The End of Black Friday

NEW YORK (TheStreet) -- Like a monster escaped from its cage, Black Friday is already rampaging through the retail village.

The "holiday" once seen as the day when retailers' books went into the black, and then as the official start of the Christmas selling season, has morphed into mobs of hungry, angry shoppers storming the gates of stores such as Wal-Mart  (WMT).

The action, which once was in the ad-filled pages of newspapers dumped on lawns the day after Thanksgiving, has moved to what's left of those papers' editorial pages, and onto the TV.

To keep up the sales momentum while also keeping shoppers safe, more stores than ever this year will open on Thanksgiving itself. Because this year's holiday buying season is short, others are showing off their Black Friday pricing right now.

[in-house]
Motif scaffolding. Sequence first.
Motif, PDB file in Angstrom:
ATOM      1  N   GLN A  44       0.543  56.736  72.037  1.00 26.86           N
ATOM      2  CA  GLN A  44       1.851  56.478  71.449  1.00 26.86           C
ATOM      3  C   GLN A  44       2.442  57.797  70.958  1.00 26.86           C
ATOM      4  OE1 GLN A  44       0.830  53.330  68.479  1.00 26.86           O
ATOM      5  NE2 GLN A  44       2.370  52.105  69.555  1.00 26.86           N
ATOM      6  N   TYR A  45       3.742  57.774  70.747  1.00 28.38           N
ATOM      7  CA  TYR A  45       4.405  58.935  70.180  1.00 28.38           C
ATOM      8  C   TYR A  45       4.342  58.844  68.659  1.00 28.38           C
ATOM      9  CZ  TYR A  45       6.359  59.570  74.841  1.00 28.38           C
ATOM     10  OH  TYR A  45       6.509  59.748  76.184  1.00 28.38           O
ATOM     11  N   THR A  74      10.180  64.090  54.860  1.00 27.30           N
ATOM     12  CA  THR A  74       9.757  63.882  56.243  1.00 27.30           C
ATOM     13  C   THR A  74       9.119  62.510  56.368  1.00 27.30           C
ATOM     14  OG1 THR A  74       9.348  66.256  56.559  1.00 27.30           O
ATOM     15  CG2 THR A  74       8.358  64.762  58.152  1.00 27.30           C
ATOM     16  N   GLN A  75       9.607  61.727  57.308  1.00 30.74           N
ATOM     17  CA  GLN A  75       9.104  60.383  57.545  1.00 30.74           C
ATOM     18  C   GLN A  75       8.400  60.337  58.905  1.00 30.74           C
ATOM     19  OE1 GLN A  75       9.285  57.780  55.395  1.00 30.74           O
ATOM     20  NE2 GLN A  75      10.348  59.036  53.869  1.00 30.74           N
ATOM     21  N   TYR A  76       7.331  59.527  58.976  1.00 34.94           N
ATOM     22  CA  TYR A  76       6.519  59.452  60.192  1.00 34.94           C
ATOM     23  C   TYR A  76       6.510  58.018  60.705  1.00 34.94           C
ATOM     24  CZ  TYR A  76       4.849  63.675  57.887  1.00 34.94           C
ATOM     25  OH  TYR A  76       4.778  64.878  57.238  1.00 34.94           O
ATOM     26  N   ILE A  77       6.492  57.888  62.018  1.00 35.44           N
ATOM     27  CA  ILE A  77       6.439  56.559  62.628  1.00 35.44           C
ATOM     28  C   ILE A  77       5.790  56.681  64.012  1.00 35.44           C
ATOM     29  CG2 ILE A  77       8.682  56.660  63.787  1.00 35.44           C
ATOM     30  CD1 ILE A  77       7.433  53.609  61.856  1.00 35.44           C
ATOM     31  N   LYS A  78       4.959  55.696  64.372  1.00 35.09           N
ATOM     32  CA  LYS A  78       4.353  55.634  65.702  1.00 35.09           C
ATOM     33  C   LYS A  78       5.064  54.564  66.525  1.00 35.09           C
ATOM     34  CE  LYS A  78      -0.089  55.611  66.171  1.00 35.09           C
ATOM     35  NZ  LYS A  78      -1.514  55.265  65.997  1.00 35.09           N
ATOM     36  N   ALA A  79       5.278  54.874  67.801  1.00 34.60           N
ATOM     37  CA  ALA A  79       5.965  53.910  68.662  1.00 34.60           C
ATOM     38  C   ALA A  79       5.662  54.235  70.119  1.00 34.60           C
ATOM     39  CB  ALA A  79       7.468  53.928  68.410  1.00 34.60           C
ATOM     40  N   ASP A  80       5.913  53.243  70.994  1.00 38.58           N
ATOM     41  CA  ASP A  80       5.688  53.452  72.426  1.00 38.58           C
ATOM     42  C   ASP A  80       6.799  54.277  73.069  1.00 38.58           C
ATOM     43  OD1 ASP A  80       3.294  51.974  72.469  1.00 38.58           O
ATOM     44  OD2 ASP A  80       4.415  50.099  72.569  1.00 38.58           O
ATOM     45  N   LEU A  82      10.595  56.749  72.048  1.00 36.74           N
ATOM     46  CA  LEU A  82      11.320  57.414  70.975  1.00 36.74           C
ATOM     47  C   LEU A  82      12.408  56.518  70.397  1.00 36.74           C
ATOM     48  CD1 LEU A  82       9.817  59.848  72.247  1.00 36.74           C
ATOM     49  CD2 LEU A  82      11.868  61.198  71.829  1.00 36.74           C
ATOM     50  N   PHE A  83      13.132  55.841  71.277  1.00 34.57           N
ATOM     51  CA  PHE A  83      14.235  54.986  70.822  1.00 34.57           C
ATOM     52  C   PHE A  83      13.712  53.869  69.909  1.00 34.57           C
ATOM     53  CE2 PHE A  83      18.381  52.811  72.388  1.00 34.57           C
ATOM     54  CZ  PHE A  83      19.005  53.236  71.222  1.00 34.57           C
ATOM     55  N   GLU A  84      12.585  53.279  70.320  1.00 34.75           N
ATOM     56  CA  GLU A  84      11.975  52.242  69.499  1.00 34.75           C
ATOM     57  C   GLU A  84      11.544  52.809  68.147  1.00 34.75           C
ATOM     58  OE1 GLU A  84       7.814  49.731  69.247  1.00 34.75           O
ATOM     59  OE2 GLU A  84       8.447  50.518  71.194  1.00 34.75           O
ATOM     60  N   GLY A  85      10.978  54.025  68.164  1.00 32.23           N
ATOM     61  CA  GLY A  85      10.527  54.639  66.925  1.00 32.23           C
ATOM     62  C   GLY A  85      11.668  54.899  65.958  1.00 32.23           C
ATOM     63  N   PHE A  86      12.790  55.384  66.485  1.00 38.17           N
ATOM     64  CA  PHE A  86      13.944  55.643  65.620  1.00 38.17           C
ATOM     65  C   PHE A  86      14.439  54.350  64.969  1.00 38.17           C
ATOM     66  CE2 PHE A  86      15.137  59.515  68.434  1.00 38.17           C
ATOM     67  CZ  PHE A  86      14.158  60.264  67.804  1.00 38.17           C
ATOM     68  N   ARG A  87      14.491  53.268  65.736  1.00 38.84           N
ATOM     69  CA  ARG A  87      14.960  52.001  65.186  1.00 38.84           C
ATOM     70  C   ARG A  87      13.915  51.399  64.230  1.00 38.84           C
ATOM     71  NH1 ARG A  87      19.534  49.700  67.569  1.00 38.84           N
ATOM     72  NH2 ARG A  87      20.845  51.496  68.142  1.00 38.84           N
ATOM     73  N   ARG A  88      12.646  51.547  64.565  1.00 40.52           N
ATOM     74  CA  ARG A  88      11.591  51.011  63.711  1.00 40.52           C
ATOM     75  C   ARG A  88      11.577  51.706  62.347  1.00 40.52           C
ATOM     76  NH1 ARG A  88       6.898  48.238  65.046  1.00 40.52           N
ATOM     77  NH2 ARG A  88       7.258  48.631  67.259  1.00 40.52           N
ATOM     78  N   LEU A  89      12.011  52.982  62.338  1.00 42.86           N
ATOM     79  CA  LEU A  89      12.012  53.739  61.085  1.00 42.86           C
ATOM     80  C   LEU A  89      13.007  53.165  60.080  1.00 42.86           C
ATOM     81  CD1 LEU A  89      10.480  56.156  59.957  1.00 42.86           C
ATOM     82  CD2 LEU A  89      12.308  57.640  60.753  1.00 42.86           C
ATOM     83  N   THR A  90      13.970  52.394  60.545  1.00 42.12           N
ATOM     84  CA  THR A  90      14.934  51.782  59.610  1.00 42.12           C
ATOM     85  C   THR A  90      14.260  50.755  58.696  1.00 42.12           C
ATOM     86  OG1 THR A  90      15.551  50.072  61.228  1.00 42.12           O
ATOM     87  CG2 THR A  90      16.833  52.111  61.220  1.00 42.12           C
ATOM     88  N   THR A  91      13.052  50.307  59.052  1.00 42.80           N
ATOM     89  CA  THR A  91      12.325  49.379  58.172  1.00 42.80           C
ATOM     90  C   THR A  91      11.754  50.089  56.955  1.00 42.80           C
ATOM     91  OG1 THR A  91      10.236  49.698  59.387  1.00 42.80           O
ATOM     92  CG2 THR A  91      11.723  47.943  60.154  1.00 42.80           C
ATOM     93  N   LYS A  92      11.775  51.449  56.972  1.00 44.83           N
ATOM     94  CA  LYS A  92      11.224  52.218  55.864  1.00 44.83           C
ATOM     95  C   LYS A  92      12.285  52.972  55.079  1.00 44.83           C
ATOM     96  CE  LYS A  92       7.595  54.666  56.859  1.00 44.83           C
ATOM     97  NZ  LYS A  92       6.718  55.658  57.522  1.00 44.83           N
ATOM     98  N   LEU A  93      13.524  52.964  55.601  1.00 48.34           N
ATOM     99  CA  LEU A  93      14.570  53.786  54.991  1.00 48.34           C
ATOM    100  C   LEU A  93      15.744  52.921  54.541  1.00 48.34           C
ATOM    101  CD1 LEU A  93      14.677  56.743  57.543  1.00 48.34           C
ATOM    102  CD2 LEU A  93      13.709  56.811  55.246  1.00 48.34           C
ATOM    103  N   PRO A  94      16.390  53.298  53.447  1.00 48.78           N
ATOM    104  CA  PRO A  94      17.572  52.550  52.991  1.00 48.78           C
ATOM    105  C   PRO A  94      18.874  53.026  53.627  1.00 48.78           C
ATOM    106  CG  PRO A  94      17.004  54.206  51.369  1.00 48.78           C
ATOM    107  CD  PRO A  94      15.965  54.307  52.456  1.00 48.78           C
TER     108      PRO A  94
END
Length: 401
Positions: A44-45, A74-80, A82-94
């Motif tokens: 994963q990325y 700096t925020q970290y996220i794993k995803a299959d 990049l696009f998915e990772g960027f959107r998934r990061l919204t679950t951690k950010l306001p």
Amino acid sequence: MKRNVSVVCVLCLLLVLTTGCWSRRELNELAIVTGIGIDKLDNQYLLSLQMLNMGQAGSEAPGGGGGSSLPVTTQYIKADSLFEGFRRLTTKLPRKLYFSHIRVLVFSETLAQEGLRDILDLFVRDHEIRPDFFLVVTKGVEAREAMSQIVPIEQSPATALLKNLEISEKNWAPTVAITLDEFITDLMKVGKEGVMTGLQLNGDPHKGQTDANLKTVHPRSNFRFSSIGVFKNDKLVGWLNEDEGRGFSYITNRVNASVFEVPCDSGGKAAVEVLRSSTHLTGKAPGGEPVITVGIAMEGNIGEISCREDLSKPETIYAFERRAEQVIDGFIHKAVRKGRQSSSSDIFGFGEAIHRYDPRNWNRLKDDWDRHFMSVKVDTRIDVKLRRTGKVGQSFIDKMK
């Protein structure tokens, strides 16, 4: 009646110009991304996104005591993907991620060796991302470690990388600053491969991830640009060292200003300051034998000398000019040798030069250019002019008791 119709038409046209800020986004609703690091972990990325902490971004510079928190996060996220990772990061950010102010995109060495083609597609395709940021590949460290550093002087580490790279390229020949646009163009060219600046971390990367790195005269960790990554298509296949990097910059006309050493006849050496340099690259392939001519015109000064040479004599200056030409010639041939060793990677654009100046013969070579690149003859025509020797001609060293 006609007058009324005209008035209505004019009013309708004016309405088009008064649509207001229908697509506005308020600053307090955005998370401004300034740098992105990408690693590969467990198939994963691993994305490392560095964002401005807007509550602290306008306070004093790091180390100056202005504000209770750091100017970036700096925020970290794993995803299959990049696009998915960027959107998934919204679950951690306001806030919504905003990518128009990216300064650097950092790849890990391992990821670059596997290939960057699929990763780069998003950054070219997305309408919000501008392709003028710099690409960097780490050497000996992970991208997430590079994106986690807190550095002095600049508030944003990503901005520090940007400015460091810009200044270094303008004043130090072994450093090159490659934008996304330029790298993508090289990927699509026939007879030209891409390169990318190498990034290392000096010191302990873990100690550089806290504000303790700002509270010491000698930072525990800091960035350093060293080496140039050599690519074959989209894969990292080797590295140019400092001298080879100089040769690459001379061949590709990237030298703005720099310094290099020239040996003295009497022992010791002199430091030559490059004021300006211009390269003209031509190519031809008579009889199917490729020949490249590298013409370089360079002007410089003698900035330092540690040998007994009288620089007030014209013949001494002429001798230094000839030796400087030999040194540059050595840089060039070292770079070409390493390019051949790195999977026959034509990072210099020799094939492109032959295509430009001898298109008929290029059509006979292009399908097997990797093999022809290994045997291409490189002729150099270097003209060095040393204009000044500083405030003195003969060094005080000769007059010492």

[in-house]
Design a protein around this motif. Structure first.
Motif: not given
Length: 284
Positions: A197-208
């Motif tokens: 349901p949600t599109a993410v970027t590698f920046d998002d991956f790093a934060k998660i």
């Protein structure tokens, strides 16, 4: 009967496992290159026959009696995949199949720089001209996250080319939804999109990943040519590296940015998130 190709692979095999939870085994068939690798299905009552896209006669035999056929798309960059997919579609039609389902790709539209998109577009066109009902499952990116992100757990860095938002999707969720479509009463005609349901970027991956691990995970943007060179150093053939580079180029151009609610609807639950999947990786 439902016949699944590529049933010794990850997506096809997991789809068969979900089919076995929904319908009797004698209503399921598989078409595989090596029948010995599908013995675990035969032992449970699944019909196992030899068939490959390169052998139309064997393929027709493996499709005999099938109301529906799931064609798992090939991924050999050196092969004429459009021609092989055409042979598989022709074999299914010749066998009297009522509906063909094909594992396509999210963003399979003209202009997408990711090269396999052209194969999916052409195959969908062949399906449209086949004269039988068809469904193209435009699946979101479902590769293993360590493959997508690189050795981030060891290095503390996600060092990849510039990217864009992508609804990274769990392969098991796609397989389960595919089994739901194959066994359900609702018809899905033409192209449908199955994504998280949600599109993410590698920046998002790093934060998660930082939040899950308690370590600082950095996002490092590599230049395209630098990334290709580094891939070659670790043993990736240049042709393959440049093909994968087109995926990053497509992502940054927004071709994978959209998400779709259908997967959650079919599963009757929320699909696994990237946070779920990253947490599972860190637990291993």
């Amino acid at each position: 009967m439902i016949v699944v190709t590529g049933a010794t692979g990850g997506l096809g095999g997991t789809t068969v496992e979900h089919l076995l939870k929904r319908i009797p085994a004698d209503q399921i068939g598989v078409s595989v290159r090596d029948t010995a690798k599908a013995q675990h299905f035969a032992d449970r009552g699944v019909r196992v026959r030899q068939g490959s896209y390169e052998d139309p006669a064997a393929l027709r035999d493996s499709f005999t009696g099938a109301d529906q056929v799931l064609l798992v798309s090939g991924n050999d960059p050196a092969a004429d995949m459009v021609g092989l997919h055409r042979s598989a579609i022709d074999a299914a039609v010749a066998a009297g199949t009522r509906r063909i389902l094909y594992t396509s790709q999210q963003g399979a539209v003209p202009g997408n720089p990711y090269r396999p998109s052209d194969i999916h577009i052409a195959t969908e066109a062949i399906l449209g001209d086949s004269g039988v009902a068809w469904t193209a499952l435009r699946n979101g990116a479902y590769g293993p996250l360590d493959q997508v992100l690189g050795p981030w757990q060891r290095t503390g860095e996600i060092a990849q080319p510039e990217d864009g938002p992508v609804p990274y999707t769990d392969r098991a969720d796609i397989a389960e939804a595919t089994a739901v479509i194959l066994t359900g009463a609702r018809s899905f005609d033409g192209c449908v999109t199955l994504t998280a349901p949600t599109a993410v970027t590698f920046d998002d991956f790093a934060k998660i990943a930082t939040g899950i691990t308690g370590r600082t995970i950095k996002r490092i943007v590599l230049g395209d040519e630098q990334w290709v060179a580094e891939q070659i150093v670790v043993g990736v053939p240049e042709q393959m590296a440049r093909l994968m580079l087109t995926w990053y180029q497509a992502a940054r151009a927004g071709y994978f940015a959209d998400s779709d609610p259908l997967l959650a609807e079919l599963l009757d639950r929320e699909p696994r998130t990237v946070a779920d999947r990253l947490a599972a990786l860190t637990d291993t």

The likely result is that the horrors of past years will dissipate. The question is whether that will affect overall sales. Chances are it won't. People will spend what they intend to spend. They have their plans set.

No company illustrates the conflicting trends of Black Friday more than Wal-Mart.

Full disclosure: In years past I was part of the madness. If you didn't storm the gates of the store right when it opened, at 6 a.m., you'd find the best stuff picked over and the whole place looking like a tornado had just come through by 7 a.m.

This escalated into scenes uploaded to YouTube such as this, from 2011, and this, from 2012. These are the kind of scuffles that have injured shoppers.

So to avoid that, Wal-Mart says it's putting Black Friday prices on selected goods starting this Friday and opening its stores for three hours on Thanksgiving evening.

Macy's  ( M), Target  ( TGT), JCPenney  ( JCP) and BestBuy ( BBY) will also have stores open all night on Thanksgiving.

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